Campo de Torrero in 1928
Work began on the new stadium in November 1956 under the guidance of architect Francisco Riestra. The project cost 21.5 million pesetas and the ground featured a large covered main stand on the west side. The cantilevered roof covered the upper of two tiers, whilst on the opposite east side stood a large two tiered terrace. The smaller end terraces were slightly curved leaving a space of around 8 metres between the touchline and the front of the terrace. The stadium had been built on open fields named La Romareda, just to the south of the city's university and around 3 kilometres west of the old Torrero ground. It opened on 8 September 1957 in front of a capacity crowd of 27,000 and once again Osasuna provided the opposition for an exciting match that saw Zaragoza win 4-3. The new stadium acted as a springboard as the club, despite a couple of close calls, did not succumb to relegation within a year. In fact during the 1960's it positively flourished. The cause was helped in no small part by Lapetra, Canario, Marcelino, Santos & Villa, a quintet of players who saw Real Zaragoza reach unprecedented heights. The club reached the final of The Copa del Rey in four successive seasons, winning two finals and also found success in the Inter Cities Fairs cup winning the trophy in 1964. League form wasn't too shabby either as  Zaragoza finished in the top five places in every season from 1961 to 68.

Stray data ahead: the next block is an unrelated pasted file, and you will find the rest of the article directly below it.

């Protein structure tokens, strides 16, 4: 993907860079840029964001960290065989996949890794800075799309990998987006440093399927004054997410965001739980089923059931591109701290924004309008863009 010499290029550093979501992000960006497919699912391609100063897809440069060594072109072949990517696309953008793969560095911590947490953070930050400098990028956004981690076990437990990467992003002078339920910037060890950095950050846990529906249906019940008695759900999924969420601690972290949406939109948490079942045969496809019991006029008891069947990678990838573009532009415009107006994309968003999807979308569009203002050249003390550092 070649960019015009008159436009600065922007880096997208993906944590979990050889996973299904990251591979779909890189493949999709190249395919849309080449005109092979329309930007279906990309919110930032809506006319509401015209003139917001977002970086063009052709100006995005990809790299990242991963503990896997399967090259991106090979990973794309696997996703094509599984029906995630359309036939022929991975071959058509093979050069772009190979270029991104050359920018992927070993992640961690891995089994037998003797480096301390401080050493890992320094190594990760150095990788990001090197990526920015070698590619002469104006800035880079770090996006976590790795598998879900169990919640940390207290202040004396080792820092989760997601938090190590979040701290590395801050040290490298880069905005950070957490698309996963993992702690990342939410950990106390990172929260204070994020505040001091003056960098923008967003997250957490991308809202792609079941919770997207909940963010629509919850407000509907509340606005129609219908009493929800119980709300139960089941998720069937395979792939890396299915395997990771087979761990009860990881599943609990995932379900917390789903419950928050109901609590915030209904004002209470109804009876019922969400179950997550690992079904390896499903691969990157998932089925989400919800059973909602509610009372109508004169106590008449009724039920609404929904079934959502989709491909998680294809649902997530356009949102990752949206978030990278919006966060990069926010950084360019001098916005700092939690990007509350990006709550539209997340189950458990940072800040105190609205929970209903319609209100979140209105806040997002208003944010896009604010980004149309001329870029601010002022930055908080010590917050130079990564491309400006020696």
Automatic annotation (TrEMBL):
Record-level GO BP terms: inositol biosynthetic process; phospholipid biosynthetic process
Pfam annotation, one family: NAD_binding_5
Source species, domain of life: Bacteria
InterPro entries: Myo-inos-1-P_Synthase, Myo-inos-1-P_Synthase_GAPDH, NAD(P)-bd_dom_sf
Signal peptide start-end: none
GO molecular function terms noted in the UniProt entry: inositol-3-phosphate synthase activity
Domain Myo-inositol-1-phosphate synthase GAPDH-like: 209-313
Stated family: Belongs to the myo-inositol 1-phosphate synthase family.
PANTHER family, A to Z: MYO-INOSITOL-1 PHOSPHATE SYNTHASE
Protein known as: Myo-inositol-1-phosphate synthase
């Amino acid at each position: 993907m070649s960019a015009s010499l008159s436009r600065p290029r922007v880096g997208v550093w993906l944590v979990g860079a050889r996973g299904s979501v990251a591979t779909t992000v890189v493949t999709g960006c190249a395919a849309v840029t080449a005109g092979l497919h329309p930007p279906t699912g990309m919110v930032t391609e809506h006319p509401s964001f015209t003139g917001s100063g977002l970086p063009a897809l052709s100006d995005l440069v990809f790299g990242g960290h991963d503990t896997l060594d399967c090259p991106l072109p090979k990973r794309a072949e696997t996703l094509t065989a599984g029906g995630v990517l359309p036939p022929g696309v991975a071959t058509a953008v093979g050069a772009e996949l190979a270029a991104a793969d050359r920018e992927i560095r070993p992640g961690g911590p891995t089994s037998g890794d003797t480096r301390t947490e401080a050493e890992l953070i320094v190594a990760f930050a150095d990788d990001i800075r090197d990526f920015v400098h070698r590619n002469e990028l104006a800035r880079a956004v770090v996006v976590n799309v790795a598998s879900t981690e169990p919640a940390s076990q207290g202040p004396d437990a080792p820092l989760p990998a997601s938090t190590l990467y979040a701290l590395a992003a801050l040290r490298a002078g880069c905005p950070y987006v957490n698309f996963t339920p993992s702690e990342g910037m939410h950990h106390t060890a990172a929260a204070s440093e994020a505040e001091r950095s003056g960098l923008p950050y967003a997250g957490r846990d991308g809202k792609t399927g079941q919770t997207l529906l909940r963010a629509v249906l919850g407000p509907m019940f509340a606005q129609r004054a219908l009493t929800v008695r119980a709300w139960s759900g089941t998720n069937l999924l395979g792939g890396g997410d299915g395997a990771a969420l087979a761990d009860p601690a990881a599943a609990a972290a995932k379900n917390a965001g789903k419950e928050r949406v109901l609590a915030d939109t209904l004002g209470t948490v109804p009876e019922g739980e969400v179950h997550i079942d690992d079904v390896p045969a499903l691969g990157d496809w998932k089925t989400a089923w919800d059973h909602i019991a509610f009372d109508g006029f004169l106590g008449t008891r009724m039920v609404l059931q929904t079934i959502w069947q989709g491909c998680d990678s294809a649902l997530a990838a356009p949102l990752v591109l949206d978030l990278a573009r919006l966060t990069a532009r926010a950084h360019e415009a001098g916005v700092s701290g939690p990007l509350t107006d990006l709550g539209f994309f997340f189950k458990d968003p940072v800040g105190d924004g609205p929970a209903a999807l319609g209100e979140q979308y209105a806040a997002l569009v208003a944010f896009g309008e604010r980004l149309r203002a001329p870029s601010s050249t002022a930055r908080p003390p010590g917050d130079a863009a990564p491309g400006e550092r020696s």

Primed and ready for take-off. La Romareda was at the centre of the
Real Zaragoza's most successful period. That and a pretty good team